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Planted microbes to help UAE farmers

Masdar biodegradable polymer capsules to create microbial soil conditions in UAE

Image Credit: Masdar
Fatima Al Jallaf is working on a soil fertility enhancing project to bolster the agriculture sector.
Gulf News

Abu Dhabi: New research at Masdar Institute of Science and Techology is working to create microbial soil conditions in the UAE to help boost domestic farming crops and slash water-intensive agricultural operations.

Masdar says its “novel innovation” will see UAE sand and soil enriched with microbes that would be slowly released from micro-biodegradable polymer spheres.

The spheres — measuring roughly a millimetre across — comprised mainly alginate, a compound that breaks down in the environment within six to 20 days, said Dr Hector Hernandez, Assistant Professor of Chemical Engineering at Masdar.

“Biodegradable polymers derived from natural sources have been used on a worldwide scale and have also been approved for food and human use by many governmental bodies. Alginate is used in many food and pharmaceutical applications and is readily available for use,” Dr Hernandez told Gulf News.

Dr Fernandez is acting as adviser to UAE national graduate student Fatima Al Jallaf, whose soil fertility enhancing project is expected to improve the UAE’s ability to support farming by spreading microbes through the soil through the polymer capsule delivery method and improve the UAE’s ability to sustainably support crops.

Fatima said she believes her work can help convert arid sand and soil in the UAE into more productive farming land to help increase domestic food security through locally grown produce.

“Healthy soil is teeming with millions of microorganisms who perform a variety of functions, such as removing toxins and storing carbon. The problem with the UAE’s desert soil is that it is largely devoid of carbon sources and these helpful microorganisms. We are trying to bring these growth-promoting bacteria into the soil with this ... research,” Fatima said.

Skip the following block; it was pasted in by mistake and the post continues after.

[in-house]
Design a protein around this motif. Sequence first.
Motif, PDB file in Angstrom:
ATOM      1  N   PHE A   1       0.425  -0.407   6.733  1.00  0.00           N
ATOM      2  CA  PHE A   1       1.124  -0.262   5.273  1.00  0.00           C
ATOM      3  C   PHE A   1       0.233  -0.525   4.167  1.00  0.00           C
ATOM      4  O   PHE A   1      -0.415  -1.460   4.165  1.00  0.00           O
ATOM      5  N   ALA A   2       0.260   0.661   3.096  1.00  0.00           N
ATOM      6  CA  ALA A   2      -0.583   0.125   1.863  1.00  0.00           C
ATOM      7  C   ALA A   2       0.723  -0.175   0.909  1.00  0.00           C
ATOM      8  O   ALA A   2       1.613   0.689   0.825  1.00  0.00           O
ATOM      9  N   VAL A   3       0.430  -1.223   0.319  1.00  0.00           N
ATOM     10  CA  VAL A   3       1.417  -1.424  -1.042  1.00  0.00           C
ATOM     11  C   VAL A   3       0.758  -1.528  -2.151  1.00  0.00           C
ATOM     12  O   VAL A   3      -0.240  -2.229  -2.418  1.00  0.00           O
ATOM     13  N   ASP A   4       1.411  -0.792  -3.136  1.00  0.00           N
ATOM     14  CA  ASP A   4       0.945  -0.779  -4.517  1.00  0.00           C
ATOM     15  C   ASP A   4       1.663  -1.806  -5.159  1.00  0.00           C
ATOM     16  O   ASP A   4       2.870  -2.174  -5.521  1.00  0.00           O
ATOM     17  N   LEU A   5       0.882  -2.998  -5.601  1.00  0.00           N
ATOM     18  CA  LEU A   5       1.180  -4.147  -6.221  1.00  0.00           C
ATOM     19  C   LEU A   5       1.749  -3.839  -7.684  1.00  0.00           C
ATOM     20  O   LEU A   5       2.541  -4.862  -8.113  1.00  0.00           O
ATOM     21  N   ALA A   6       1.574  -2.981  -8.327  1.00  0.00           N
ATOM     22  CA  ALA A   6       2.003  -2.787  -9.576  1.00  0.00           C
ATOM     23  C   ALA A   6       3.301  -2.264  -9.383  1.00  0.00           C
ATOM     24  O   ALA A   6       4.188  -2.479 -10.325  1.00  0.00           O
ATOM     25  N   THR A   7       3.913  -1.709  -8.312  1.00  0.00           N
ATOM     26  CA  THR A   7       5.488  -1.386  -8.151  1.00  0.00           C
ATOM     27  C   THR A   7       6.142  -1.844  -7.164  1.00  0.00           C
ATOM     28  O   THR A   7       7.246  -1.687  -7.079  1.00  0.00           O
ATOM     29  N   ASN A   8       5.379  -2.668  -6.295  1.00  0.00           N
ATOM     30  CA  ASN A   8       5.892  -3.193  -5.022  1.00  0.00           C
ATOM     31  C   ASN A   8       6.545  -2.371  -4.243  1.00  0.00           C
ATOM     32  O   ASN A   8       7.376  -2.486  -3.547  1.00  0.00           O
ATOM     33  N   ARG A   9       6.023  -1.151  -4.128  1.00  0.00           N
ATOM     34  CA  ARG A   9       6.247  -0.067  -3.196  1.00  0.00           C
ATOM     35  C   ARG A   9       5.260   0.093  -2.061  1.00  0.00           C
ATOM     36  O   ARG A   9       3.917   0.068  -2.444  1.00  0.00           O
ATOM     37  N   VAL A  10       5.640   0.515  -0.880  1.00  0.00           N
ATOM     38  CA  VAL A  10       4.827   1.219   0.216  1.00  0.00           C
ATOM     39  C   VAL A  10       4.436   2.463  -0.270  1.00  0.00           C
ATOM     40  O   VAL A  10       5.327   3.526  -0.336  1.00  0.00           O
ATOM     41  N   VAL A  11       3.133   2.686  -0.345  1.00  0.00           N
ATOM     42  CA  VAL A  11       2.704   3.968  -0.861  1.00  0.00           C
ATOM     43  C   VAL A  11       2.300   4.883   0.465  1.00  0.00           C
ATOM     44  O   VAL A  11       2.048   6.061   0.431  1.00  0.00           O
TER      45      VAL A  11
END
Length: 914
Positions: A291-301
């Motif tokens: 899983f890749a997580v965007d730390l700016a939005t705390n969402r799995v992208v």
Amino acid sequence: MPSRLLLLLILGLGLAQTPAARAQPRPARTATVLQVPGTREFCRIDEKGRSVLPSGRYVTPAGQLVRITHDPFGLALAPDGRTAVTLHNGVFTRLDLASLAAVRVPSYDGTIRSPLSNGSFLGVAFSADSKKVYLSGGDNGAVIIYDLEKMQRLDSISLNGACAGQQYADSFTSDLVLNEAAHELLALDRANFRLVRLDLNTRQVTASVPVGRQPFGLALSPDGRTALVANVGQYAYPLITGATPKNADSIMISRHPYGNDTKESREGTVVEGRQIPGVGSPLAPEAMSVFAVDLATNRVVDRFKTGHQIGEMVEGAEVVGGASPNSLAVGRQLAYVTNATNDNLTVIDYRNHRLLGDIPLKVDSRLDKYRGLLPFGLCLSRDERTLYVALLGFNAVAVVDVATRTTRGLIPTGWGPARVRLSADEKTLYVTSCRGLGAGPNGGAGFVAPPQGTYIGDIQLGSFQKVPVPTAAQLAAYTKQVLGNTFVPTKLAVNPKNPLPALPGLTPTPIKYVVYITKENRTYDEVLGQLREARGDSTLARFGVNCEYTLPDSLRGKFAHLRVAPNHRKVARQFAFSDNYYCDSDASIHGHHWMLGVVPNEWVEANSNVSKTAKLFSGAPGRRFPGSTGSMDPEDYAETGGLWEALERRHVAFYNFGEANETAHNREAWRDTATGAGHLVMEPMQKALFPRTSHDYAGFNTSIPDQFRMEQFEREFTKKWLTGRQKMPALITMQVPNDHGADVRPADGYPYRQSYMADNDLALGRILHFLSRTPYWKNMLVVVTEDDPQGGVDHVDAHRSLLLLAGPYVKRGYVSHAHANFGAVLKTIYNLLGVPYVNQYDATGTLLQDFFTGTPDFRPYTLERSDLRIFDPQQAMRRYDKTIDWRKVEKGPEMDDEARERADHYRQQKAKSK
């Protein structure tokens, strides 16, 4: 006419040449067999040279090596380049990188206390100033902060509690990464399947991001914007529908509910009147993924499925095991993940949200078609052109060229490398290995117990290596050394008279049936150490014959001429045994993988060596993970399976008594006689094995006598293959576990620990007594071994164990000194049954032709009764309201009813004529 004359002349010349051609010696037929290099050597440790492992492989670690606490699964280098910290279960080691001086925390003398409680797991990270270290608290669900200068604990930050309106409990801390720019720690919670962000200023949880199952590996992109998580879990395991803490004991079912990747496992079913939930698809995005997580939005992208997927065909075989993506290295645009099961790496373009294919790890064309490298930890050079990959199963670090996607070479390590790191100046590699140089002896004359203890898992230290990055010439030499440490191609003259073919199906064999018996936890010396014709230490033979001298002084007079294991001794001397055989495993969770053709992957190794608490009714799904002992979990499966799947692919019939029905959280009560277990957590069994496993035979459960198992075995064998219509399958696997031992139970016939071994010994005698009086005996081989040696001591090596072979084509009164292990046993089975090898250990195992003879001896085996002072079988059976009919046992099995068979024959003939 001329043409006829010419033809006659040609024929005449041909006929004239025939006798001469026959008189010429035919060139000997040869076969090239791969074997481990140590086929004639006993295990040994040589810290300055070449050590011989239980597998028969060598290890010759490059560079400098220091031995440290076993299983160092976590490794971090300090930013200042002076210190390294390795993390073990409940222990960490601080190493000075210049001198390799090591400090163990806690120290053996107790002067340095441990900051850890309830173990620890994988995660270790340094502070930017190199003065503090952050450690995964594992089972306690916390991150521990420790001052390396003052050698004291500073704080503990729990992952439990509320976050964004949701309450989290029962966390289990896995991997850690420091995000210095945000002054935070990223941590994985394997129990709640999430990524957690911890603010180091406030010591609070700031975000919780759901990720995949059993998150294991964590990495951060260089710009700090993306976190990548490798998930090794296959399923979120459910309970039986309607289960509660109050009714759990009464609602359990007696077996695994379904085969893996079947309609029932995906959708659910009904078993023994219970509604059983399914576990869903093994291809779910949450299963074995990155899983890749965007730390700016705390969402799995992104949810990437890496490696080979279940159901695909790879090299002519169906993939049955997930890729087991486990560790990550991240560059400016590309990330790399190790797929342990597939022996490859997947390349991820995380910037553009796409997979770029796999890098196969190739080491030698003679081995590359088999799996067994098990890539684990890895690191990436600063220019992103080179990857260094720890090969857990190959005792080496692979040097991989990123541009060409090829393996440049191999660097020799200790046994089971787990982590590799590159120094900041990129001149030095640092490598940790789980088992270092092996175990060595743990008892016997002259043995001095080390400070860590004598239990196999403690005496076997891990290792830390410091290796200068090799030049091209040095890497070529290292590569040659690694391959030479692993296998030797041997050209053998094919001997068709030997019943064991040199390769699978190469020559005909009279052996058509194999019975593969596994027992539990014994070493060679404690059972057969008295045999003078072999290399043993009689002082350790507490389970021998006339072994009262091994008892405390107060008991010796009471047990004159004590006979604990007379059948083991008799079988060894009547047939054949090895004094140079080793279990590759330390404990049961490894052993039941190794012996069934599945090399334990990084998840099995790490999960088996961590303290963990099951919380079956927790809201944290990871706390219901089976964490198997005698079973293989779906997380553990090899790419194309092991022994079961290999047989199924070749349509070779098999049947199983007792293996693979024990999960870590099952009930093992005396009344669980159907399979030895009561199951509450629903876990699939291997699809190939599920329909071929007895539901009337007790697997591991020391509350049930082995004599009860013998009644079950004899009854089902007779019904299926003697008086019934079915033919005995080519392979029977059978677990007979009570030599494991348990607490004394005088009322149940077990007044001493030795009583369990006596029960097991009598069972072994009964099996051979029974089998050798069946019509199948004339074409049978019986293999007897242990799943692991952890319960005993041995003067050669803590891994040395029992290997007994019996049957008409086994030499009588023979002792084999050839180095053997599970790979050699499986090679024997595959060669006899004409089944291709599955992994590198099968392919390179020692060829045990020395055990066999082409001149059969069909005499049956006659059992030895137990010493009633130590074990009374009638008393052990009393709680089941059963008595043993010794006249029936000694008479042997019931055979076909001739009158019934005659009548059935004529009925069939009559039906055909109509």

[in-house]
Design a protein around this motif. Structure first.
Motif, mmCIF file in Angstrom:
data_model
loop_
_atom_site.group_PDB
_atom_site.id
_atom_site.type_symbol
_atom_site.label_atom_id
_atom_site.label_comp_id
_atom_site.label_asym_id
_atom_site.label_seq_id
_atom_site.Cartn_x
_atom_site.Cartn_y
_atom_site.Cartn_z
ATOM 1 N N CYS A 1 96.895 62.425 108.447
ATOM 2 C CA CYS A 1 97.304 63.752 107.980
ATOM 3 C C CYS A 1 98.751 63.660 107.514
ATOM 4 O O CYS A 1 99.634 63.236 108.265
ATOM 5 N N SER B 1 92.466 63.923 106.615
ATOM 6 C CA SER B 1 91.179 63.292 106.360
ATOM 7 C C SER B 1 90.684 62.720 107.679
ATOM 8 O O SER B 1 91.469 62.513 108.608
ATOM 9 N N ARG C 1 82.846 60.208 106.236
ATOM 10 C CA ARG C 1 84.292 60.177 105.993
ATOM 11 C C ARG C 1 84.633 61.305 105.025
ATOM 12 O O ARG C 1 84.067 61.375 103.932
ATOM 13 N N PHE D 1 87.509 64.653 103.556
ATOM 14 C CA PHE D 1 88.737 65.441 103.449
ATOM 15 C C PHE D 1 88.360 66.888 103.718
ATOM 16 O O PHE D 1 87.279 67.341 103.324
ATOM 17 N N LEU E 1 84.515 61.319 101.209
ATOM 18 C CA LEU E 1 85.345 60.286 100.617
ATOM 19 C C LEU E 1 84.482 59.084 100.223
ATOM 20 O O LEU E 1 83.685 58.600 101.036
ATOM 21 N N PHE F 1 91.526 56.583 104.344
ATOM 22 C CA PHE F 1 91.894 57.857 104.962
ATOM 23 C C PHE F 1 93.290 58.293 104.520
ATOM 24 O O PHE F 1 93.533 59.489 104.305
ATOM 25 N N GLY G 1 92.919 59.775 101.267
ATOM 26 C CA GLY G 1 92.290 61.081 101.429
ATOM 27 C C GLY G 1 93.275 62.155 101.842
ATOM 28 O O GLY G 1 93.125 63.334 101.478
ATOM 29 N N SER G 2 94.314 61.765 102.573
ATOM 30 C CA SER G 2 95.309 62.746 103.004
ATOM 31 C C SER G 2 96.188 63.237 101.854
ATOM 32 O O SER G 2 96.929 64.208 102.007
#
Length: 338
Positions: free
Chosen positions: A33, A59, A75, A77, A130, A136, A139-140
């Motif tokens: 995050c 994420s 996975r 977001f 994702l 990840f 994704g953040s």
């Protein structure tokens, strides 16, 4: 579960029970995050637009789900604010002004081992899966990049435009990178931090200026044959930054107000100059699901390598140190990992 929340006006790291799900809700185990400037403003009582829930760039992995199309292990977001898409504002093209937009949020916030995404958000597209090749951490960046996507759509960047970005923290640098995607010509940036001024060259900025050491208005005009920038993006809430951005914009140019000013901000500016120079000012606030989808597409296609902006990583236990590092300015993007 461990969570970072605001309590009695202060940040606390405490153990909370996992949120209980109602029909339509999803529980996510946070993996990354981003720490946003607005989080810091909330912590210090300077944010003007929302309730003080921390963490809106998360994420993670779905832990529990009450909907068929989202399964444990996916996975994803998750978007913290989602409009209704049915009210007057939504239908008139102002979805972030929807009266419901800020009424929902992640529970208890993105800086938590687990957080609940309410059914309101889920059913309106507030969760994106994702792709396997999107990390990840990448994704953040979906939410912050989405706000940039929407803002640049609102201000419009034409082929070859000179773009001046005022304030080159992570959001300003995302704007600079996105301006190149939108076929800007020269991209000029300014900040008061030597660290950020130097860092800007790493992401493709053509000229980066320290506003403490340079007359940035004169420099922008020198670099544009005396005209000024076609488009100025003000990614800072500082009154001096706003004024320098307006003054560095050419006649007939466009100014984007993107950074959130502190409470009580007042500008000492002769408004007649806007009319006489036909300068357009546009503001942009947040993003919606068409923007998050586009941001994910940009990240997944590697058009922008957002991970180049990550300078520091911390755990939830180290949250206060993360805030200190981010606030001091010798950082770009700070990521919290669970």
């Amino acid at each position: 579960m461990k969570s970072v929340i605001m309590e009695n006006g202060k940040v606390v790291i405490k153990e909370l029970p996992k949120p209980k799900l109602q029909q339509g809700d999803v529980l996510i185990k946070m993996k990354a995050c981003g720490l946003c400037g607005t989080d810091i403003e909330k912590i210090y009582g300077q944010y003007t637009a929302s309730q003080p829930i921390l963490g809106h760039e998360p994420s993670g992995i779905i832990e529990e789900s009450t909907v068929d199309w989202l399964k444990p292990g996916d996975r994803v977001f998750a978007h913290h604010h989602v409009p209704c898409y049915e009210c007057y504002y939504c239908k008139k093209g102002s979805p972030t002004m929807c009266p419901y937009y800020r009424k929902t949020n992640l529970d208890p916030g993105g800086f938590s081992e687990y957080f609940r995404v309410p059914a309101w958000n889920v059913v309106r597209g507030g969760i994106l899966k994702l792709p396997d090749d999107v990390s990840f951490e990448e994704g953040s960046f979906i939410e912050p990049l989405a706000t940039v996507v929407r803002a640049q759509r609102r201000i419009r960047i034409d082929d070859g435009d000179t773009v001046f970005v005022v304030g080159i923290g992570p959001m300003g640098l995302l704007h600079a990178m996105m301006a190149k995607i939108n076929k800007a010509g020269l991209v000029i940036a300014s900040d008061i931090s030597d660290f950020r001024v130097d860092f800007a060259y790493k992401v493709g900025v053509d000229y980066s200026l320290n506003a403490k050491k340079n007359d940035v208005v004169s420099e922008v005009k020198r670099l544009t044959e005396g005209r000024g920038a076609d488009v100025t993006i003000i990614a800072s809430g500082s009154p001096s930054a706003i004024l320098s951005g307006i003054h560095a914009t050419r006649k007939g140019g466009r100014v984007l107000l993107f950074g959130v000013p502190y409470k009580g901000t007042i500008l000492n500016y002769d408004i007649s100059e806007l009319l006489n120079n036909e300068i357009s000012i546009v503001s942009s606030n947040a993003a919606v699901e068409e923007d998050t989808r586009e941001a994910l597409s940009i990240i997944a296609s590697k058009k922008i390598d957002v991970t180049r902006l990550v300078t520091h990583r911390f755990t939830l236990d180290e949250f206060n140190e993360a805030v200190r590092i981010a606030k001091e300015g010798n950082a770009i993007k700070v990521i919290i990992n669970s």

Fatima noted that the UAE’s soil and its high sand and low nutrient content is not the best environment for producing crops.

Sandy soil draws far higher quantities of water to grow food with as much as 70 per cent of the UAE’s water consumed by irrigation.

“These biodegradable polymer spheres need to be able to survive and operate in the UAE’s harsh environment and these beads need to be populated with local indigenous microbial species to prevent any import of non-native biological agents. This is a very complex set of factors that needs to be met before any product is tested in a closed system designed to mimic the UAE environment. After all of these experiments and trials, then there needs to be an assessment of the effects of large scale deployment of these systems,” Dr Hernandez said.

“This is what makes Fatima’s research so challenging but, at the same time, so exciting. We need to be able to develop biodegradable compounds that can serve as microcosms for soil regenerating microbial communities,” he said.

Fatima and Dr Hernandez said they are working with Dr Pance Naumov, from New York University Abu Dhabi and his postdoctoral associate, Dr Lidon Zhang, to come up with the best sodium alginate capsule that can withstand the harsh desert conditions in order to help disperse microbes through the soil.

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